you can tell where I stand on this conflict by the words of one of my favourite hymns


I vow to thee, my country, all earthly things above,
Entire and whole and perfect, the service of my love;
The love that asks no question, the love that stands the test,
That lays upon the altar the dearest and the best;
The love that never falters, the love that pays the price,
The love that makes undaunted the final sacrifice.
(I heard my country calling, away across the sea,
Across the waste of waters she calls and calls to me.
Her sword is girded at her side, her helmet on her head,
And round her feet are lying the dying and the dead.
I hear the noise of battle, the thunder of her guns,
I haste to thee my mother, a son among thy sons. )
And there's another country, I've heard of long ago,
Most dear to them that love her, most great to them that know;
We may not count her armies, we may not see her King;
Her fortress is a faithful heart, her pride is suffering;
And soul by soul and silently her shining bounds increase,
And her ways are ways of gentleness, and all her paths are peace.

Amor Et Fides

Last edited by Tyburn; 05-31-2010 at 09:25 PM.
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Old 05-31-2010, 09:39 PM
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Default When Memorial Day Was No Picnic

A Heartfelt Commemoration - When Memorial Day Was No Picnic
source: http://www.nytimes.com/2008/05/25/op...opclassic.html

Tomorrow is the legislated Memorial Day, and the thoughts of most Americans turn to the price of gasoline or the sale at the local furniture store. School will soon be out and the summer driving season will begin, to end on the next legislated three-day holiday weekend, Labor Day. In hundreds of towns, Memorial Day parades may wind up at the local cemetery to pay tribute to the community's war dead, but most spectators will not follow along.

It hasn't always been this way. Memorial Day began after the Civil War as Decoration Day, a ceremony to place flowers on the graves of those who had given the last full measure of devotion in America's bloodiest war.

Obscurity shrouds the origins of this custom. One version credits Southern women who began decorating graves in 1865. On May 1, 1865, a Northern abolitionist named James Redpath, who had come to Charleston, S.C., to organize schools for freed slaves, led black children to a cemetery for Union soldiers killed in the fighting nearby to scatter flowers on their graves.

What soon became known as Memorial Day spread to villages in both North and South. Several claimed to have celebrated the first Memorial Day. Congress awarded that distinction to Waterloo, N.Y., where Union veterans decorated the graves of fallen comrades on May 5, 1866.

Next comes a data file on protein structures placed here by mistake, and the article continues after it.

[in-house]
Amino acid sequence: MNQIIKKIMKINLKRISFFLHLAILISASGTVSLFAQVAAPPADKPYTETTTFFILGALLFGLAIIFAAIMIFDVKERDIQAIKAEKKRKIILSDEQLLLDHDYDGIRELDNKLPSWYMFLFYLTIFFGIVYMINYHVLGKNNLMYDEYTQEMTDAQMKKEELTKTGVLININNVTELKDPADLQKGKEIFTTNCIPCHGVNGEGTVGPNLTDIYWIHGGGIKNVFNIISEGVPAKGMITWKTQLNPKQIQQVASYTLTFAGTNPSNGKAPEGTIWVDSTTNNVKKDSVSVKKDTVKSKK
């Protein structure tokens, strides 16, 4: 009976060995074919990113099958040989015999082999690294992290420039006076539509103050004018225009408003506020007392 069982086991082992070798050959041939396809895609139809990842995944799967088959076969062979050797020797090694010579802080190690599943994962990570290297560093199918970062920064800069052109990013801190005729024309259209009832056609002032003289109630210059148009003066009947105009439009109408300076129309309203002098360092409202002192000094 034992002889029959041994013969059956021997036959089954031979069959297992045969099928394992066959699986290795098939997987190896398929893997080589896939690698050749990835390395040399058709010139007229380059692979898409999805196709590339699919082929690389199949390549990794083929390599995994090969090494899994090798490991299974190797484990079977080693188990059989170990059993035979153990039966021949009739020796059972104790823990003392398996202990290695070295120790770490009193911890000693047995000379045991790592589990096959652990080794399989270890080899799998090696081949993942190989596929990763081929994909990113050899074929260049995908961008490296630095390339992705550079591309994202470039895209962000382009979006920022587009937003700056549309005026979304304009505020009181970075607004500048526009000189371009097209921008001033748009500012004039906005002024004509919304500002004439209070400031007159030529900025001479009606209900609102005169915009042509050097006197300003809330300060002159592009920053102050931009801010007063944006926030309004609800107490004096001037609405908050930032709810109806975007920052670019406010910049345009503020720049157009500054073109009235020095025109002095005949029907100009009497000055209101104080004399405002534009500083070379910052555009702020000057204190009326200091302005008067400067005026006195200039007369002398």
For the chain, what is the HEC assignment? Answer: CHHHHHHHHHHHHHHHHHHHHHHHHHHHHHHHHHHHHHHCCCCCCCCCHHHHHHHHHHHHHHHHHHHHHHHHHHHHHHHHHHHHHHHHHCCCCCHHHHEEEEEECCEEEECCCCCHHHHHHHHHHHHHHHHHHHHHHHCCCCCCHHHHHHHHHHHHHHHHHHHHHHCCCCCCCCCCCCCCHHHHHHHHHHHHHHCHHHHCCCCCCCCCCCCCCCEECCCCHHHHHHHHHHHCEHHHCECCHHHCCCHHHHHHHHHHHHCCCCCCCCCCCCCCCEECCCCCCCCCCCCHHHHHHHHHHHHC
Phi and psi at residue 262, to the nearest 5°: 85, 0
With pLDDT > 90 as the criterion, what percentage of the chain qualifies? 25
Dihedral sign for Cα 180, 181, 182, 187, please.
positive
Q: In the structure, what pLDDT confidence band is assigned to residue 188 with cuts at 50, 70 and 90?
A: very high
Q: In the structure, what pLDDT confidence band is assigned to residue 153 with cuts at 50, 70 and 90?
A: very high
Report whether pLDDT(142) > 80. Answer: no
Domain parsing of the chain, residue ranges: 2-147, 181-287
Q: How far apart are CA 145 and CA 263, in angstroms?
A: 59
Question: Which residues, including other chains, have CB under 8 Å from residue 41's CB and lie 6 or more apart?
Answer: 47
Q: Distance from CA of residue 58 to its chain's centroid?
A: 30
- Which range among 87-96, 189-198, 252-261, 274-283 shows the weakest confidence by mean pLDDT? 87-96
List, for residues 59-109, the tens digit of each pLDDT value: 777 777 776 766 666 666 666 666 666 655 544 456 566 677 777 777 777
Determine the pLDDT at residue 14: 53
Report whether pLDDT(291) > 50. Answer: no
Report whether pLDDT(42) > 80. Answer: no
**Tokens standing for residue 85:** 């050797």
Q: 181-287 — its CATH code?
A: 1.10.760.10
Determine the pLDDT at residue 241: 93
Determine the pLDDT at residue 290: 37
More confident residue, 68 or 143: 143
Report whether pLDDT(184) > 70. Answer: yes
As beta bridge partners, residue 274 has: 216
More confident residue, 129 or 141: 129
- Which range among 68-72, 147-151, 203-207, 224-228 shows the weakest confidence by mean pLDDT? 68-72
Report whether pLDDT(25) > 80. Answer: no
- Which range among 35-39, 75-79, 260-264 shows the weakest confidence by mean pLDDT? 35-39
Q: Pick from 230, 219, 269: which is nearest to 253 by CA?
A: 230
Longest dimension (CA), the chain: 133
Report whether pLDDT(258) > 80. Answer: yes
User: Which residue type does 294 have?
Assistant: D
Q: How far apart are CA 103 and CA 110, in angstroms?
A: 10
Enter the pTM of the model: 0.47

In the South, women formed Ladies Memorial Associations to disinter soldiers from distant battlefields and rebury them with dignity locally. These associations became the sponsors of Confederate Memorial Days, which varied in date according to the height of the local flower season, from April in the Deep South to late May in Virginia. In the 1890's, the United Daughters of the Confederacy took over this solemn task. In the North, men took the lead. In 1866, Congress enacted legislation creating national military cemeteries, foremost among them Arlington, on the former estate of Robert E. Lee's family, across the Potomac from Washington.

In 1866, Gen. John A. Logan of Illinois founded the Grand Army of the Republic, which grew into a politically powerful veterans' organization. In 1868, Logan ordered all G.A.R. posts to decorate the graves of Union soldiers on May 30, the optimum time for flowers in the North. That year, 103 posts held Memorial Day services, a number that grew to 336 in 1869 and continued to increase thereafter.

In 1873, New York made May 30 a legal holiday; by 1891, every Northern state had done the same.

In the early years, Memorial Day was a reverential occasion. Death was a pervasive and profound presence. Some 620,000 Union and Confederate soldiers died in the war. (If the same percentage of the population were to die in a war fought today, the American war dead would number five million.)

Observances at Arlington in 1868 established a model. Five thousand people gathered on a beautiful spring day. Small American flags decorated each of the 15,000 soldiers' graves. After patriotic speeches, the band played a dirge while a procession formed, headed by orphans from the Soldier's and Sailor's Orphan Home. At the tomb of the unknown soldiers, the column stood for prayers and hymns. Then, to the booming of cannons, the orphans strewed flowers over all the graves.